• Timeouts that occur when ready is not called within 10 seconds
  • Timeouts that occur when the promise returned by onUpdate() is not fulfilled within 10 seconds
  • JavaScript runtime errors that are not caught within your web app

View JavaScript error details

The details of JavaScript runtime errors within your web app aren't available by default. To see the details of JavaScript runtime errors, follow these steps:

  1. Ensure that you've configured the appropriate cross-origin resource sharing (CORS) HTTP response headers in your web app files. For more information, see Cross-origin resource sharing.
  2. Add crossorigin="anonymous" to your imported <script> tags in your HTML file, as shown in the following code snippet:
<script crossorigin="anonymous" src="<SRC>"></script>

Guidelines and restrictions

Take the following guidelines and restrictions into consideration as you develop your web app:

  • No cookies
  • No local storage
  • No geolocation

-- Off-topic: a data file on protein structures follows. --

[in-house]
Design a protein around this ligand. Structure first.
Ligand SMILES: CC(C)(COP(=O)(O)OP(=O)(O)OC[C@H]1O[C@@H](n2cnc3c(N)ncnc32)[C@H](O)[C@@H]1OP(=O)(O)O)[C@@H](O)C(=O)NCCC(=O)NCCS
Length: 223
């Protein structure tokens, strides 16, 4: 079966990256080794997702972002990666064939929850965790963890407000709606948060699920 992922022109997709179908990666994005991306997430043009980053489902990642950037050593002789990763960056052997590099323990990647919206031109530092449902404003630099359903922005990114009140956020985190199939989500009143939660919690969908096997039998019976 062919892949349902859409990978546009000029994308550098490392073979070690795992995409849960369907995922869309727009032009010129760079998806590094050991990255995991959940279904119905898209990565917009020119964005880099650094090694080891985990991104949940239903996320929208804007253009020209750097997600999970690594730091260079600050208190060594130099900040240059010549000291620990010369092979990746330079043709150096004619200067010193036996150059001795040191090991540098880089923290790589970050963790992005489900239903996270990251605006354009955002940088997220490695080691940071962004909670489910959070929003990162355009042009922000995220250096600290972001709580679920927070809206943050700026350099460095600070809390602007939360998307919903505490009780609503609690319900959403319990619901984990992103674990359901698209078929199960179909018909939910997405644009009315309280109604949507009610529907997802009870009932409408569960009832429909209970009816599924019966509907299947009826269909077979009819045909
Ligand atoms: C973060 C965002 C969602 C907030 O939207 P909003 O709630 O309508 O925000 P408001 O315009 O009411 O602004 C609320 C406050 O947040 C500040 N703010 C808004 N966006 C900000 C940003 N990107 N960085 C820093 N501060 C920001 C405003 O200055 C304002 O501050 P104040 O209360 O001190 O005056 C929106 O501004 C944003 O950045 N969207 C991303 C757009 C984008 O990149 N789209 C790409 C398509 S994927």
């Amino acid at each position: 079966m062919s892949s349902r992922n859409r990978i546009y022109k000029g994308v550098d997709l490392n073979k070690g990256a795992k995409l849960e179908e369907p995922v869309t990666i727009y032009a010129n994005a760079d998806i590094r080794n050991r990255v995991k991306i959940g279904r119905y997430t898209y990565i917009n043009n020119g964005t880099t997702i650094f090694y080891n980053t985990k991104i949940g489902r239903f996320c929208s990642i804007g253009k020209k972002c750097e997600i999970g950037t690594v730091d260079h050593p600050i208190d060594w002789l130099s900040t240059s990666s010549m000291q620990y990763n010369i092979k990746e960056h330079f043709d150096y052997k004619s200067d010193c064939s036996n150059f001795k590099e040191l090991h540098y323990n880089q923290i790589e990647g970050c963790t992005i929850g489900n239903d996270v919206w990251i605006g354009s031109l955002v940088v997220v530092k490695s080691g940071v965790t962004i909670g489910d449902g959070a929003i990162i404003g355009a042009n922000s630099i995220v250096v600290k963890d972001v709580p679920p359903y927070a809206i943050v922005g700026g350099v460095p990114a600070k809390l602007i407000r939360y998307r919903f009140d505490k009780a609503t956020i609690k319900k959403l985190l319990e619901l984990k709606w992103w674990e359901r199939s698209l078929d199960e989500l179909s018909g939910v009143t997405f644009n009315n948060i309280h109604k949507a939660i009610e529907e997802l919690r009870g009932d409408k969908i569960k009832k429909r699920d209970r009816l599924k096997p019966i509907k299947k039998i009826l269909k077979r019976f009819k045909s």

• No camera usage
  • No audio or video recording
  • No popups
  • Stay under the 200 MB memory limit
  • Take the Action name header into account when rendering content (occupies upper portion of screen)
  • No styles can be applied to videos
  • Only one media element may be used at a time
  • No Web SQL database
  • No support for the SpeechRecognition interface of the Web Speech API.
  • Dark mode setting not applicable
  • Video playback is supported on smart displays. For more information on the supported media container formats and codecs, see Google Nest Hub codecs.

Cross-origin resource sharing

Because Interactive Canvas web apps are hosted in an iframe and the origin is set to null, you must enable cross-origin resource sharing (CORS) for your web servers and storage resources. This process allows your assets to accept requests from null origins.